Peninsula people keep Ninilchik fair a classic tradition

Posted: Sunday, August 13, 2000

t's fair time again! The 49th Kenai Peninsula State Fair will be in Ninilchik starting Friday, with the animals, giant cabbages and cotton candy we've all come to know and love.

Those who attend the fair take all of its great entertainment for granted, but it's a big event that takes a lot of effort to put on and involves a lot of different people.

The fair has a new manager this year. Mary George has lived in Ninilchik for 10 years and has been involved in the fair for most of that time.

"I was a regular performer on the stage every year, for about five years, playing country and folk and bluegrass music, and I managed the front gates for the last two years," George said.

When the fair isn't going on, she makes sure the grounds are kept up, takes vendor applications and plans for next year. Some of the acts from Outside have a long waiting list, so they have to be booked far in advance.

Though the fair runs largely on volunteer help, the manager's job is a paid position.

"It doesn't pay a whole lot, but it's just a great opportunity to bring entertainment to the community and see it grow," George said.

George has helped bring some new entertainment to this year's fair, including carnival rides from the LaSalle Family Carnival in North Pole and the Budweiser Clydesdales, which will do one show per day and march in the opening parade.

"They're very weather-dependent," George said. "They have millions of dollars into their tack and brass and leather. If it rains, they don't come out. But of course we're hoping for good weather."

The Clydesdales ought to fit right in, rain or shine, because horses and other animals always have been an integral part of the fair. The majority of those animals are local beasts, brought to the fair by the 4-H Club.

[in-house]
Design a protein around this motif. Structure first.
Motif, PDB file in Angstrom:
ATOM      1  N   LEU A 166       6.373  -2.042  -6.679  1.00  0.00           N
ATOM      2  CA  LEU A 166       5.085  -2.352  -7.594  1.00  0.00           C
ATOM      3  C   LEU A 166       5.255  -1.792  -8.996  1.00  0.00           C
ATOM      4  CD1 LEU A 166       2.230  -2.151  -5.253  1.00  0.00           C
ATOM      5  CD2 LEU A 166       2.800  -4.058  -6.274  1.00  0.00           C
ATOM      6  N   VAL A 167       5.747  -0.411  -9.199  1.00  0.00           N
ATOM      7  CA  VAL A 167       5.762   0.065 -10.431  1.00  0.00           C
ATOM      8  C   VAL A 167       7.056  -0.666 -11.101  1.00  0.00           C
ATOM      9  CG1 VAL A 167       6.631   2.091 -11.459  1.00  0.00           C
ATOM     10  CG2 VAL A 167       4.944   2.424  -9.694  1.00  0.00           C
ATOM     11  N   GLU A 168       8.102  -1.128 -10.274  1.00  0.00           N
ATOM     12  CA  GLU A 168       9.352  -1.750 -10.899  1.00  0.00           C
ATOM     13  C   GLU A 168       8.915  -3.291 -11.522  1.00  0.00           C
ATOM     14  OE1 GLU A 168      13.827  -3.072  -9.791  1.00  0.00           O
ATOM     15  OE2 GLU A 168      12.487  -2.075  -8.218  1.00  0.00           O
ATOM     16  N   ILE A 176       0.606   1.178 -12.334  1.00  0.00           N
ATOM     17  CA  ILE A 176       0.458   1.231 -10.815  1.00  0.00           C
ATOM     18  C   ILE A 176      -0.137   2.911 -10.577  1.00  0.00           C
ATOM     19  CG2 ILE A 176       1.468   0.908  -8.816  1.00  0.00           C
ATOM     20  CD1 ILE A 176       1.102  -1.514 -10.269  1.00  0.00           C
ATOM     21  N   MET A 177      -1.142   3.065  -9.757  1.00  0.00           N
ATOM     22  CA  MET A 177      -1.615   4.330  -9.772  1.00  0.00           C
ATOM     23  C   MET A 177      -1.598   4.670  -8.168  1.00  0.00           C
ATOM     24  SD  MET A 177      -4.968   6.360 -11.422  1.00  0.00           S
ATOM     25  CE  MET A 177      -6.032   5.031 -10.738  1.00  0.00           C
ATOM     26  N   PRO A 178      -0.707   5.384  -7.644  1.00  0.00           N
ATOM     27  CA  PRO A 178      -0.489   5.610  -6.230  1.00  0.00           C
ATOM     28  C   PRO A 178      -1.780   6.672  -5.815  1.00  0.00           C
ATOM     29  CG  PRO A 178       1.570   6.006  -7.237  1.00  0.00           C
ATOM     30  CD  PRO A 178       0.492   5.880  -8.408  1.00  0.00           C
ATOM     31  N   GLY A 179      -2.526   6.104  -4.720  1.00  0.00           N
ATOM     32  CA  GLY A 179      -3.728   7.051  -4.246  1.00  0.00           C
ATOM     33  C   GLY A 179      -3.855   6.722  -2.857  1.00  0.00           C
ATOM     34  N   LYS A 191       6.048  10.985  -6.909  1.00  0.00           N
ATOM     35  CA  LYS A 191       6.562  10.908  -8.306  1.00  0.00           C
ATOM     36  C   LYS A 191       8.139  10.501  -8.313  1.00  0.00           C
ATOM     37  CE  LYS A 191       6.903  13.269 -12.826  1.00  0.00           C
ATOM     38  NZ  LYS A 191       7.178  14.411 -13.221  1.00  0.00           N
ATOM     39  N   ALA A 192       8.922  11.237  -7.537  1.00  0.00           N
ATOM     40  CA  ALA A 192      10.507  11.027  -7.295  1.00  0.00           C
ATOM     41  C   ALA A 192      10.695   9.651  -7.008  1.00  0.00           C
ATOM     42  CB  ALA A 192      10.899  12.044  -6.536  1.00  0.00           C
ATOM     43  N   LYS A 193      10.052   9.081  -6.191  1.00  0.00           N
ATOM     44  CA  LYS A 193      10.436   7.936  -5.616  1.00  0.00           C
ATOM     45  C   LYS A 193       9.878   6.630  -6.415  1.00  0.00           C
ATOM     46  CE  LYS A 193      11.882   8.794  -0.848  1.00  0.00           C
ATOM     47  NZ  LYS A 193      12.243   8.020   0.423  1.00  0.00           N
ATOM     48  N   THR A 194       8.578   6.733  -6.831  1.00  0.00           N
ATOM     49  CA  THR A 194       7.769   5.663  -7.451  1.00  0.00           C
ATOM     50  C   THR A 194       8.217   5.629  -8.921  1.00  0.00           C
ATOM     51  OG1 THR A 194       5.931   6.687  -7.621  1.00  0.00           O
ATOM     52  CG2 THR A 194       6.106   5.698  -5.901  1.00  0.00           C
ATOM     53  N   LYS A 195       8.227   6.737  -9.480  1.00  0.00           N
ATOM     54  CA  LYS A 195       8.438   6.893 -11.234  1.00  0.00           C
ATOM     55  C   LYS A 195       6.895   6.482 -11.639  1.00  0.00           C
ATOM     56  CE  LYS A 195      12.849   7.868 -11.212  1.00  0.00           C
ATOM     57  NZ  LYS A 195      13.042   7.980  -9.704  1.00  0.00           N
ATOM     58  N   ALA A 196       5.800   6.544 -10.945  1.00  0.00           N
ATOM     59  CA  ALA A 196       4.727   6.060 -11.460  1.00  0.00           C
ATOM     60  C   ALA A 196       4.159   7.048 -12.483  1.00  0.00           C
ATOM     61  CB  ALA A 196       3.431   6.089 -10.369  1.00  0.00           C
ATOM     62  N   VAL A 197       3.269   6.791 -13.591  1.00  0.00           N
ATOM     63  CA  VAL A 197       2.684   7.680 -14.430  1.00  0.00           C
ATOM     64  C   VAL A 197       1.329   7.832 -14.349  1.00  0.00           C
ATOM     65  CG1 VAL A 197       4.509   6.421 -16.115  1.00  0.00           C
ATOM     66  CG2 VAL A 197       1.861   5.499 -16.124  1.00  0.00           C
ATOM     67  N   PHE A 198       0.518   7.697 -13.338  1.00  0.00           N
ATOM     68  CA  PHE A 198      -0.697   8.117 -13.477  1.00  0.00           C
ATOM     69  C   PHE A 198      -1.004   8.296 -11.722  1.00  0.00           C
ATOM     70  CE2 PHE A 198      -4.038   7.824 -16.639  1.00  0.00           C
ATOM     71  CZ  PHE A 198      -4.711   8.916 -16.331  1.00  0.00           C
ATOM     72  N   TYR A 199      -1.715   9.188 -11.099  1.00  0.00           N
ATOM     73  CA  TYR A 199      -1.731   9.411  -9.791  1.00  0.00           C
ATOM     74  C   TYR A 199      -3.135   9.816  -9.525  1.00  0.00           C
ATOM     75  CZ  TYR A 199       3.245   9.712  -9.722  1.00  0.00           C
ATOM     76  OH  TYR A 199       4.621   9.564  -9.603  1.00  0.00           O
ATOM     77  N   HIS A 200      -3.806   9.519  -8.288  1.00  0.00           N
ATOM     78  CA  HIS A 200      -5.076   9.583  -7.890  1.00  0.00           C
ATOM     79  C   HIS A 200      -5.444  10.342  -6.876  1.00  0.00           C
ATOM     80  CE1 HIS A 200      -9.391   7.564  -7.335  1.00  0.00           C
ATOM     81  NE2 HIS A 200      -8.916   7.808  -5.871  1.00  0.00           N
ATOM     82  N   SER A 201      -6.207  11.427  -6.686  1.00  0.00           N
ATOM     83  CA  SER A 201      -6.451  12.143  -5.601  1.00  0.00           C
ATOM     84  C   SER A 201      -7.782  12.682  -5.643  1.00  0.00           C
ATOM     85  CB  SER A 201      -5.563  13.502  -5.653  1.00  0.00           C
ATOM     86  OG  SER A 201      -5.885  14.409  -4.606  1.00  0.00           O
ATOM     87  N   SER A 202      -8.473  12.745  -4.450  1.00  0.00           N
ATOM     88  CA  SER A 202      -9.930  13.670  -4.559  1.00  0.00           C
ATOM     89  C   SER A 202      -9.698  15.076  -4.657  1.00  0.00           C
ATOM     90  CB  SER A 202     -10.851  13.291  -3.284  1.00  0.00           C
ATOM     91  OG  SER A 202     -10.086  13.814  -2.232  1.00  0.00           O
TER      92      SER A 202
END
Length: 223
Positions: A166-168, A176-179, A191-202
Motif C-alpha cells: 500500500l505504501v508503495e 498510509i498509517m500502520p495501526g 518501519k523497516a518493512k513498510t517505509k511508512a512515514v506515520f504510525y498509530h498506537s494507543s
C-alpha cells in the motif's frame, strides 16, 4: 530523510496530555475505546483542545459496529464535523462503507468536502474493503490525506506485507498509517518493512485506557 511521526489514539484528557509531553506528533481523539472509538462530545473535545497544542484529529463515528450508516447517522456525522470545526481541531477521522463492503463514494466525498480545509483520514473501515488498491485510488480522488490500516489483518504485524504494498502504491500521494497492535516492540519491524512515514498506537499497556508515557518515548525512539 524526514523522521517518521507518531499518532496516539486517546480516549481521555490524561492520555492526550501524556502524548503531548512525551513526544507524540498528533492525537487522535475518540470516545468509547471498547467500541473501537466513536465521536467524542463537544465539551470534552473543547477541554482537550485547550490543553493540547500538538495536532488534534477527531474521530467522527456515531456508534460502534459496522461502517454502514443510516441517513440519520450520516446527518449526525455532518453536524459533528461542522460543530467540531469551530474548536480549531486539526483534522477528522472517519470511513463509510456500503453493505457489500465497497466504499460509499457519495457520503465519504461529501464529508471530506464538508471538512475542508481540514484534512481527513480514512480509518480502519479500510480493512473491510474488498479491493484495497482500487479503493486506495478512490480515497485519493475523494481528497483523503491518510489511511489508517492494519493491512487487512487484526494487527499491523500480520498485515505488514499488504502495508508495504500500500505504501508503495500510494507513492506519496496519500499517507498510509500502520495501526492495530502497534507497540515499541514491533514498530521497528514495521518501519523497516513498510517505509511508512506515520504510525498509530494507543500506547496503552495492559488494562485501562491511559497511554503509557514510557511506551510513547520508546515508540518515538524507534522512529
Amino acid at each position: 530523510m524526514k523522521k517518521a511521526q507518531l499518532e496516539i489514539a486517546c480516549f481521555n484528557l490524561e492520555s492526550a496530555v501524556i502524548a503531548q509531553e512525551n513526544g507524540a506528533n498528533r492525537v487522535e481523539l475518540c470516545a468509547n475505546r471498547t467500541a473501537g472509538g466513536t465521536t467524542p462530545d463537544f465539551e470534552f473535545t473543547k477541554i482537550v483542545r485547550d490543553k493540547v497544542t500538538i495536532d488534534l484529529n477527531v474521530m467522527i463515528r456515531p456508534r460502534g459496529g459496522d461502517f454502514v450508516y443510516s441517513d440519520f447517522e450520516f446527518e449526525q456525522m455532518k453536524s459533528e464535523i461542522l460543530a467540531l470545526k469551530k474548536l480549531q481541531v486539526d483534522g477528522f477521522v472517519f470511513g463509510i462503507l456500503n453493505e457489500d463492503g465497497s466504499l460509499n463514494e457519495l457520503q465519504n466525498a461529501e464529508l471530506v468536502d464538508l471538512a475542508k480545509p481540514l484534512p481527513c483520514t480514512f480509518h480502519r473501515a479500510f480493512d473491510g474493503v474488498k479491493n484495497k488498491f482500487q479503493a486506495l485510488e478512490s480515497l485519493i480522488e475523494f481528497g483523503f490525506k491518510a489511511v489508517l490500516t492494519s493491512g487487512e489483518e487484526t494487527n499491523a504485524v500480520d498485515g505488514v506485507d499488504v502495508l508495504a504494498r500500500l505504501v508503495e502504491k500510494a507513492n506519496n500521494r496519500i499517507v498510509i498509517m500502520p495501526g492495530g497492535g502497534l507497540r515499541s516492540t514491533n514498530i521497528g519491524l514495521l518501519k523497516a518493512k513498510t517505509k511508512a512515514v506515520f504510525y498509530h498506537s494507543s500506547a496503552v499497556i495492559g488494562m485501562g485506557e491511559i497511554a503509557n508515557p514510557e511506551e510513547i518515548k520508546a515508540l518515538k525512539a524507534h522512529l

Shirley Schollenberg has been active in the fair and in 4-H for many years. Schollenberg, whose family has lived in Happy Valley since 1959, has been around horses all her life. Her earliest memories of the fair involve horses.

"I rode in the first horse show they ever had there, that would have been 1966 or 67. There were just three horses in the show -- me, and two of my friends, and there was no arena. We held the show in the parking lot."

She still rides at the fair. This year, she and her daughter Katie will both be in the rodeo, putting their horses through their paces at barrel racing and calf roping.

Schollenberg has been a 4-H leader for 25 years and served on the fair's board of directors for 10 years. She said the fairgrounds benefit 4-H year-round. They use the grounds for their riding programs and an annual horse camp and recently bought the stalls in the horse barn. The money raised from their horse rides and concession stand help to pay for maintenance of these facilities.

"I've been to four other fairs in the state, and I like the Ninilchik fair best because it has such a local flavor," Schollenberg said. "There aren't a lot of opportunities for kids in our area to see farm animals, and the fair gives them that."

4-H Clubs do much more than just horses and animals, however. The Kenai Clovers Club members plan to enter a variety of items in this year's fair. Though it is a new club, they have been extremely productive.

Chris Watkins, the group's leader, said the members have put in a whole year's worth of creative activities to come up with their entries.

"We've done sewing and cooking and lots of crafts," she said.

The group held workshops on pottery, glass etching, quilting, "junk art" made from found objects, and birds.

"The kids kept bird journals, and they observed a pair of great horned owls who were nesting in one of the members' yards. They did batik with birds as subjects, and they built birdhouses," Watkins said.

The group also will participate in the 4-H Dog Show on Aug. 20. Watkins' own family will contribute produce that it grew at the city of Kenai's Community Garden.

"We've got cauliflower, broccoli, lettuce, carrots, radishes, chard, potatoes. We'll enter whatever looks good by the 17th," she said. "We're already eating some of it, but it looks like the cauliflower will hold out."

Vegetables -- here come those giant cabbages -- are certainly a major attraction of the fair.

Delores Lindeman has lived in Ninilchik for 32 years and said her whole family has always entered their produce in the fair.

"My husband and I both grew up in Minnesota, and we always raised big gardens, so it's just a natural thing for us. What they want at the fair is beautiful produce, and we thought by sharing what we grow, it makes the fair better."